As Biden warns of 'Armageddon,' more off-ramps explode
While President Biden claims that he's pondering an "off-ramp" for Russia, the bombings of the Kerch Strait bridge and Nord Stream pipelines show an escalating proxy war at every pass.
At a Manhattan fundraiser, President Joe Biden shared with Democratic donors that, from his vantage point, the world faces “the prospect of Armageddon” for the first time “since Kennedy and the Cuban Missile Crisis.”
Vladimir Putin “is not joking when he talks about potential use of tactical nuclear weapons or biological or chemical weapons, because his military, you might say, is significantly underperforming,” Biden added.
The Commander-in-Chief’s comments inevitably stoked an already elevated global panic over a Ukraine proxy war that pits the world’s top nuclear powers on opposing sides. In US media, there was virtually no acknowledgement that Biden’s characterization of how Putin “talks” was false. Although Putin has made bellicose comments, he has never threatened the “use of tactical nuclear weapons or biological or chemical weapons,” as Biden claimed.
Biden’s alarmism overshadowed what could be taken as encouraging news. For the first time, the US president suggested that his administration is as least pondering a diplomatic path that could bring the Ukraine conflict to an end.
“We’re trying to figure out: What is Putin’s off-ramp?,” Biden said. “Where does he get off? Where does he find a way out? Where does he find himself in a position that he does not — not only lose face, but lose significant power within Russia?”
Biden’s remarks offer a sharp contrast to his declaration in March that Vladimir Putin “cannot remain in power.” On the other hand, there is no indication that US policy has undergone any significant change. If anything, the recent actions of the White House and its client government in Kiev are blowing up off-ramps at every pass.
“White House and military leaders are transitioning to a sustainable model Kyiv can depend on for an open-ended war with Russia,” the New York Times reports. That sustainable warfare will be “roughly modeled on U.S. train-and-assist efforts in Iraq and Afghanistan over the past two decades,” – a model that, while highly sustainable for weapons contractors, was the opposite for the nations subjected to it.
The “open-ended war with Russia” will be waged with a $12.3 billion package newly approved by Congress, bringing the total US commitment so far to more than $66 billion. With that most recent vote, the Times notes, “Congress has now committed more military aid to Ukraine than it has to any country in a single year since the Vietnam War, reflecting a remarkable bipartisan consensus in favor of pouring huge amounts of American resources into the fight.”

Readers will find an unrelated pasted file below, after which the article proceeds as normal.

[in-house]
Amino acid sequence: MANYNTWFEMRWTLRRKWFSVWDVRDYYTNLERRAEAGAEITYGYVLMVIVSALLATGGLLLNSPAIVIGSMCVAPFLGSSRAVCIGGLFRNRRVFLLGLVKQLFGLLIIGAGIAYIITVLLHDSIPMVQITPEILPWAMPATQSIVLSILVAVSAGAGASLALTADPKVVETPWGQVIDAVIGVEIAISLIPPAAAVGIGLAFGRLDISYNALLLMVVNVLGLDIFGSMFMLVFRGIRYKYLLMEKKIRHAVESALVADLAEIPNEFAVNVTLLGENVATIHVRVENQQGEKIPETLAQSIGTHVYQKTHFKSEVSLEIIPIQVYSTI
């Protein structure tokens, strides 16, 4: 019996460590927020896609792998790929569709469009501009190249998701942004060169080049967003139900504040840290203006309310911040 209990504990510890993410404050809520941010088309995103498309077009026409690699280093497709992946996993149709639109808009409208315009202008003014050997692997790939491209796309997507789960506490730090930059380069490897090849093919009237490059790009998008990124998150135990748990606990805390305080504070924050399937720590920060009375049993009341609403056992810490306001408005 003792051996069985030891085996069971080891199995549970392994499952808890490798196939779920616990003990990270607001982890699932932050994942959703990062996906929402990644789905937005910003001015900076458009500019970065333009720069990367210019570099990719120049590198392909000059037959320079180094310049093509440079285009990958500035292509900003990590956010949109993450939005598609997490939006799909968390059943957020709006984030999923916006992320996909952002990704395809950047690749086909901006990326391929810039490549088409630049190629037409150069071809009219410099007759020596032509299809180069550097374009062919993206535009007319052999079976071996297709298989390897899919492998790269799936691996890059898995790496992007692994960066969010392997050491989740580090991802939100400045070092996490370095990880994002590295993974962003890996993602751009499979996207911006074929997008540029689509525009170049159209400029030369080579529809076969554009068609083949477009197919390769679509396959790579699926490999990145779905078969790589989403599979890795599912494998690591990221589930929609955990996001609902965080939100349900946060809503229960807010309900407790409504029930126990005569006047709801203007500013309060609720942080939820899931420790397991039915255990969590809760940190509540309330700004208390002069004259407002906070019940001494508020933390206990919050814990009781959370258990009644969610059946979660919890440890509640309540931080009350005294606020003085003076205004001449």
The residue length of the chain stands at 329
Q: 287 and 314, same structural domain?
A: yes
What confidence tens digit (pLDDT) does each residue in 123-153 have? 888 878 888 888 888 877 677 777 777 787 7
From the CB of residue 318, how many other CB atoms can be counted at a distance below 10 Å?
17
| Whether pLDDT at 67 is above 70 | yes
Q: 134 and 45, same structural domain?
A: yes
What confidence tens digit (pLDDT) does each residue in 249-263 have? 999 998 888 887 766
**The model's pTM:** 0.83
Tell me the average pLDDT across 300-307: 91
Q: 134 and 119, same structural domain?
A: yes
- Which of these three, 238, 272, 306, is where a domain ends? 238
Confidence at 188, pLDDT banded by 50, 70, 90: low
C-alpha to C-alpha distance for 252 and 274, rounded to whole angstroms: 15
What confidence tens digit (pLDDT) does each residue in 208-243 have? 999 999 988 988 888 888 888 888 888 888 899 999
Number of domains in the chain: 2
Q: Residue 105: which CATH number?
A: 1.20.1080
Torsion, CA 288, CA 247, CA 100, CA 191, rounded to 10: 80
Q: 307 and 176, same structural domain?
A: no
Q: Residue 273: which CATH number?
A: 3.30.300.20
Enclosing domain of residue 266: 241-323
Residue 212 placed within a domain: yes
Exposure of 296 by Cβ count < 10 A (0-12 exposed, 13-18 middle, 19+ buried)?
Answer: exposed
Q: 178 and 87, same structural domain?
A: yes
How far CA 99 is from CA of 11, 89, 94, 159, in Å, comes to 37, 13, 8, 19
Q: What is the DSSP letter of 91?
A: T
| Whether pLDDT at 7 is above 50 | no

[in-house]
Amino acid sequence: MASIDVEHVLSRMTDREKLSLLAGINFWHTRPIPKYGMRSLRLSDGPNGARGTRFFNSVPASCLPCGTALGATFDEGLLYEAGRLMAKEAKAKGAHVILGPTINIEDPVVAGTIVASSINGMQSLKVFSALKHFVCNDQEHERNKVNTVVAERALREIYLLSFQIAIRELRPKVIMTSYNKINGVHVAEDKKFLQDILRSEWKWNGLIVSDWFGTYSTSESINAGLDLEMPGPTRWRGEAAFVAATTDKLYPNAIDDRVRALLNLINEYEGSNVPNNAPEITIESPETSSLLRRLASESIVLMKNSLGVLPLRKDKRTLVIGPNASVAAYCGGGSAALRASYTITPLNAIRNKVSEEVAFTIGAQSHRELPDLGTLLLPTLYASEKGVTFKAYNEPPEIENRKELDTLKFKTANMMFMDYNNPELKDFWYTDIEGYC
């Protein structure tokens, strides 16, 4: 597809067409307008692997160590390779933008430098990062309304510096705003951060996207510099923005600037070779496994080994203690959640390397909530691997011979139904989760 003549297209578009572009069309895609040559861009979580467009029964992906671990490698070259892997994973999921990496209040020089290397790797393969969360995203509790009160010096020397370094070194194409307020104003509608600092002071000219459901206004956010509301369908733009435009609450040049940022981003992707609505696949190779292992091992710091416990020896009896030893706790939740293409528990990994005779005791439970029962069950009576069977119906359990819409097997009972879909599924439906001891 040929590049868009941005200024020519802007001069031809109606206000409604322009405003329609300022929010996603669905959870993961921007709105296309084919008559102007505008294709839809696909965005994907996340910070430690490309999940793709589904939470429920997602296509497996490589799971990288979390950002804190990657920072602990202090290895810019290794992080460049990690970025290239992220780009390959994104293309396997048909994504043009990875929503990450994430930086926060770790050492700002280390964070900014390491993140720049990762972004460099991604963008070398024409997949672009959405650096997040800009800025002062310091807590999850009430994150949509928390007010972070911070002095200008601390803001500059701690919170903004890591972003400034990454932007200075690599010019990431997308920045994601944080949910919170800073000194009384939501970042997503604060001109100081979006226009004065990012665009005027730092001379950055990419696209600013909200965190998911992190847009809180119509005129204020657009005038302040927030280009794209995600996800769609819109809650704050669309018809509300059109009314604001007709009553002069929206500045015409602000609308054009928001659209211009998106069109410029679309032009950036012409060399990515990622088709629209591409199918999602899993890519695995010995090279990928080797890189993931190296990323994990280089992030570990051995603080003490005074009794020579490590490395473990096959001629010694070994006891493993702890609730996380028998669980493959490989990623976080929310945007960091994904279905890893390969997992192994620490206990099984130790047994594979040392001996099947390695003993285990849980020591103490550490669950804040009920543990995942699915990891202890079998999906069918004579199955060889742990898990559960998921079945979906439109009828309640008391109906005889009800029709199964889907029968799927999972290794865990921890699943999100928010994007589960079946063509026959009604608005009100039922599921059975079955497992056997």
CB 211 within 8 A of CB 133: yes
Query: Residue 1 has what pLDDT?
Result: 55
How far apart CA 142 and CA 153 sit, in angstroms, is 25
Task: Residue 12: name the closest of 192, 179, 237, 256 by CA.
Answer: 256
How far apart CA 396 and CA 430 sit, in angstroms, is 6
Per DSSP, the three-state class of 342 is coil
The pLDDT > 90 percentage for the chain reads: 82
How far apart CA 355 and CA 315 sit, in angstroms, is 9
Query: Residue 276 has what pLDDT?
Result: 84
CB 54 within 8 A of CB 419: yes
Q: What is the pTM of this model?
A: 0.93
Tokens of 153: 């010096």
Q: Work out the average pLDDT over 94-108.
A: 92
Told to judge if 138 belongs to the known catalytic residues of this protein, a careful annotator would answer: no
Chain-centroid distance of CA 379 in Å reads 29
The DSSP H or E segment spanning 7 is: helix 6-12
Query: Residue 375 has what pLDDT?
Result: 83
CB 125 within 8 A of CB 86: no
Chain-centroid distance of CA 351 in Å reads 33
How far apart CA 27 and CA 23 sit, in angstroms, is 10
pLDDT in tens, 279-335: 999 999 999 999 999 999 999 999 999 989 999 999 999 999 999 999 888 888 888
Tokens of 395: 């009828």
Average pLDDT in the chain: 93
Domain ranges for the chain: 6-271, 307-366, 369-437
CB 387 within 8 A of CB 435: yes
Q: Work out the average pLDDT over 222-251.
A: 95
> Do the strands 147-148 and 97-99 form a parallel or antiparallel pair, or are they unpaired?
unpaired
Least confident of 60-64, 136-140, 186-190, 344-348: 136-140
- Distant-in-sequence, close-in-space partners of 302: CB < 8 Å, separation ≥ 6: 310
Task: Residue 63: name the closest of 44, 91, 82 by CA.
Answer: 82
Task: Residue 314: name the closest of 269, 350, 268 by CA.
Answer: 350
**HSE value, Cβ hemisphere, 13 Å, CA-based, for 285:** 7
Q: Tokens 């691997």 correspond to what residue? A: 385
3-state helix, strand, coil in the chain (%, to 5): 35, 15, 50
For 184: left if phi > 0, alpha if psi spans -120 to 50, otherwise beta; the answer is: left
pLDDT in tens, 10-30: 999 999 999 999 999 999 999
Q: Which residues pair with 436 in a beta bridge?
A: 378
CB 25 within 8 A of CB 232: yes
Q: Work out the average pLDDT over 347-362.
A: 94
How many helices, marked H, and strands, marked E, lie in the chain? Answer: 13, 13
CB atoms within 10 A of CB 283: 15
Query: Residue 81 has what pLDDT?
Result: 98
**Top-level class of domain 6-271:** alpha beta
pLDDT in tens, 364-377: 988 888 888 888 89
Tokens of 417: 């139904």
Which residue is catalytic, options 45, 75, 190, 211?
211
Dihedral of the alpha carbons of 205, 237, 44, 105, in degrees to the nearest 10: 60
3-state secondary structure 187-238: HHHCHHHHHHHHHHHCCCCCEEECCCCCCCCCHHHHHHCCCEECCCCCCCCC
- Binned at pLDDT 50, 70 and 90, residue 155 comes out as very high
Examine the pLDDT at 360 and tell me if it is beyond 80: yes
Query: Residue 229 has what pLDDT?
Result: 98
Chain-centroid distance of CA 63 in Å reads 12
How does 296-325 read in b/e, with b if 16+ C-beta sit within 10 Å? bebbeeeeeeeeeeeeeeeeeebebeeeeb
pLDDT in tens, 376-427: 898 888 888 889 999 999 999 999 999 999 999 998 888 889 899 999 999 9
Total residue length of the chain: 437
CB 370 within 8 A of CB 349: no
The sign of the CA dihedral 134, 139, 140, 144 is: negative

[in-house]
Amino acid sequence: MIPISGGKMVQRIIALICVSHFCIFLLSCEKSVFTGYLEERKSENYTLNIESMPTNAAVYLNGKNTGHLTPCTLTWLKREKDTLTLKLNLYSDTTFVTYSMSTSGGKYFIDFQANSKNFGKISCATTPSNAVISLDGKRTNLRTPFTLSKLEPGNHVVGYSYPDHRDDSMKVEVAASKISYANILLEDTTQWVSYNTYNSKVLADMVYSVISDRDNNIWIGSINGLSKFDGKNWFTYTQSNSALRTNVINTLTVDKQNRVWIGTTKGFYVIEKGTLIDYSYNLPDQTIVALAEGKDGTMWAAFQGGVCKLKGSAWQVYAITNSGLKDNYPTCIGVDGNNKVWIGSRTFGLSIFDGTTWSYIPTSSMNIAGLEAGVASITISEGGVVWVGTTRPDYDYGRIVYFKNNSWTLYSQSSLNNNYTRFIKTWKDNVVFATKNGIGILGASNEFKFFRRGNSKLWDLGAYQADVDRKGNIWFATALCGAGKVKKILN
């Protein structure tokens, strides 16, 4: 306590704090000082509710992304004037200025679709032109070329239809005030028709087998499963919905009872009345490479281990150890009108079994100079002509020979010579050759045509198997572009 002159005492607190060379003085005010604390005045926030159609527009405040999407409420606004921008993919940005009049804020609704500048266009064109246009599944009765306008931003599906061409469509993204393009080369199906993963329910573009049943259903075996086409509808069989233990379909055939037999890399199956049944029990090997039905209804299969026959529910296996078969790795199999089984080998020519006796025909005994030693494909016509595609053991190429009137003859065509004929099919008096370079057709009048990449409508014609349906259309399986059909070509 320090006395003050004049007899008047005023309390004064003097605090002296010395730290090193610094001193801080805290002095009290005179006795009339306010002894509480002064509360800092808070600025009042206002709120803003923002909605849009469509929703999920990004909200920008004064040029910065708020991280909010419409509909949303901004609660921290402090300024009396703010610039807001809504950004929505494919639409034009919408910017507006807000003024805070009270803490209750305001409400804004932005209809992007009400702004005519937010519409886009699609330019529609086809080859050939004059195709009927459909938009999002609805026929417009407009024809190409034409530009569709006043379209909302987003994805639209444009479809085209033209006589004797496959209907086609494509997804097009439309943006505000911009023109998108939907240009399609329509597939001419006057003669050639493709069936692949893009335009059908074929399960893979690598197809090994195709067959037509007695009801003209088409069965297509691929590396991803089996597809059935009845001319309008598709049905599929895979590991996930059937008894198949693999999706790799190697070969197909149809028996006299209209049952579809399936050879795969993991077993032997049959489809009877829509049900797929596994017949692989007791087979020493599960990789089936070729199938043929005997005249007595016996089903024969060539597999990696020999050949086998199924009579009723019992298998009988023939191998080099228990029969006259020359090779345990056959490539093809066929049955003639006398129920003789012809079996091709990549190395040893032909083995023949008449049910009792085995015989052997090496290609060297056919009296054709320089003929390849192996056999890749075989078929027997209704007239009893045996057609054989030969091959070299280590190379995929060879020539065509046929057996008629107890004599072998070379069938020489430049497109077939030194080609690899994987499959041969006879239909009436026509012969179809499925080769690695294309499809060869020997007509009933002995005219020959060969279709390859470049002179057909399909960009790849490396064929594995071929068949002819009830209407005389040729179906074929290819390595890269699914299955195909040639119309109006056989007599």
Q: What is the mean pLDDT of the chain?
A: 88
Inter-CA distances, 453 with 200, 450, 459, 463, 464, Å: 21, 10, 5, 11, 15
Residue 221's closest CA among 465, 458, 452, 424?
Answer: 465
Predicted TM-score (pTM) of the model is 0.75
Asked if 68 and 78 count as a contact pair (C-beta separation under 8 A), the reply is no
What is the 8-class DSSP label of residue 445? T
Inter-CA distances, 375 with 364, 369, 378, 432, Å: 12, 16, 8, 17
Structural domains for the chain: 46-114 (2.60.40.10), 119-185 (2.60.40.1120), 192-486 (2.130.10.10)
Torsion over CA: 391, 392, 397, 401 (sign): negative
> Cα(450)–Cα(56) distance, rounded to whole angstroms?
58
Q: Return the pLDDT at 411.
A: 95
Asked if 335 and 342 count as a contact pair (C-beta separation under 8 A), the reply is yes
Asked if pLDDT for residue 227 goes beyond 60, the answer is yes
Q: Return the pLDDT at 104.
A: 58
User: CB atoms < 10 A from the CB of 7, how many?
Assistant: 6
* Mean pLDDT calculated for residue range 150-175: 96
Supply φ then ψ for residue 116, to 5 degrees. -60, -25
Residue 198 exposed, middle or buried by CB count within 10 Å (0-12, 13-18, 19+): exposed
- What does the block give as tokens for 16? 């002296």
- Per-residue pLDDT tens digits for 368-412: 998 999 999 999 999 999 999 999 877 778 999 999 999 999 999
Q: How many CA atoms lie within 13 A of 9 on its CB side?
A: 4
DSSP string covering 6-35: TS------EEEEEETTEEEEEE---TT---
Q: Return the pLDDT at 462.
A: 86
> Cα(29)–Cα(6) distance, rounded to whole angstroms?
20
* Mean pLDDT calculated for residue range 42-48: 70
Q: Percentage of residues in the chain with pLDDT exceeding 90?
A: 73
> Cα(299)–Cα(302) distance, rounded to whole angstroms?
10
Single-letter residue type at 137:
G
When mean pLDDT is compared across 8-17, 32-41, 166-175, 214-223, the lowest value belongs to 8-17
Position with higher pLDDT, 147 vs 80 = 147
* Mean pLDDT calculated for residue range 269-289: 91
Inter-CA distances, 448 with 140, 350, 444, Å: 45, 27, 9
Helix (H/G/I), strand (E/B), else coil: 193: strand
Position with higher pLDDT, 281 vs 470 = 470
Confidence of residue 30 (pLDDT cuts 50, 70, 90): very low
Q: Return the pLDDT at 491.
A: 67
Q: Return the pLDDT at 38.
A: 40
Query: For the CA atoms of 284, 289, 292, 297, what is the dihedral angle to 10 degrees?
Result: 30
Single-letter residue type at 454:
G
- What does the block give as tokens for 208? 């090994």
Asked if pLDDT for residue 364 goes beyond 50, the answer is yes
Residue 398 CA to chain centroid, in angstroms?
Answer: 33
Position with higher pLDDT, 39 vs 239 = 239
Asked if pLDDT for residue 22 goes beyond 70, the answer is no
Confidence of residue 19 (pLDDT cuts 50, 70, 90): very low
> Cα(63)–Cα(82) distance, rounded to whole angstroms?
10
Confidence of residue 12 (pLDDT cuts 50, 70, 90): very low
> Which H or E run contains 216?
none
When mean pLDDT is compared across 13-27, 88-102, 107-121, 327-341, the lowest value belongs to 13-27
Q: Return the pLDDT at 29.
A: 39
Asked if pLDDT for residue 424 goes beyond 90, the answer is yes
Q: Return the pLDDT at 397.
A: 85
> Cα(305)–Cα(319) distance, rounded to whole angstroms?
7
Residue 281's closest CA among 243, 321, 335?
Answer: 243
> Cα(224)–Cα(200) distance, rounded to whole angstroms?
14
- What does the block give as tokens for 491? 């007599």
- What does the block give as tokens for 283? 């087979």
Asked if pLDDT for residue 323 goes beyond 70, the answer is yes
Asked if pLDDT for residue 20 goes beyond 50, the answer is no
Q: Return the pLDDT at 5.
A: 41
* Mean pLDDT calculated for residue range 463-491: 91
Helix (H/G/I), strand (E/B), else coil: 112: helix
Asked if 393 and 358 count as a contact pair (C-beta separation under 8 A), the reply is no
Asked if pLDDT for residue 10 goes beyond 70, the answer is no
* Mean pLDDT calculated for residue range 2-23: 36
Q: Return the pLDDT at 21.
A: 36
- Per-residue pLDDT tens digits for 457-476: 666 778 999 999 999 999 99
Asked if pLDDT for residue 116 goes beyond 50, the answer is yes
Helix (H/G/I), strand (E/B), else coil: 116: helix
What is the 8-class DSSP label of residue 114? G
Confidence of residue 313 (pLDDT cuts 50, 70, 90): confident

As the audacious truck-bombing of the Kerch Strait bridge shows, Ukraine is bringing the fight to Crimea, home to Russia’s most important naval base. In June, a Ukrainian commander identified the Kerch bridge as a “number one target,” and a Ukrainian official has now taken credit for Saturday’s successful operation. Days earlier, senior Pentagon official Laura Cooper signaled that the US has given Ukraine the green light to use US weaponry there. “We think they can reach the vast majority of targets, including Crimea,” Cooper said. “And just to be clear, Crimea is Ukraine.”
For his part, Ukrainian President Volodymyr Zelensky is explicitly rejecting any off-ramp for Putin. Zelensky greeted Russia’s annexation of four Ukrainian regions with an application for fast-tracked NATO membership. When that was swiftly rejected, Zelensky signed a decree ruling out peace talks with Moscow so long as Putin is in power. Not content with calling for regime change, Zelensky followed that up with his most direct plea for World War III to date, urging NATO to launch “preemptive strikes” inside Russia. (After an uproar, a spokesperson claimed that Zelensky meant preemptive sanctions.)
Meanwhile, the bombing of the Nord Stream pipelines has ensured, for now, that NATO members have no off-ramp from the proxy war coalition – nor, it seems, from the economic crises that they face as a result.
When he greeted the Nord Stream sabotage as a “tremendous strategic opportunity,” Secretary of State Antony Blinken acknowledged some pitfalls.
Cut off from their traditional cheap Russian gas supply, “European allies,” Blinken said, will now “prepare for a difficult winter ahead.” To address that difficulty, he vowed, “we’re determined to do everything we possibly can to make sure that the consequences of all of this are not borne by citizens in our countries or, for that matter, around the world.”
But the United States’ European allies are quickly learning that there are limits on what the US can “possibly” do for them.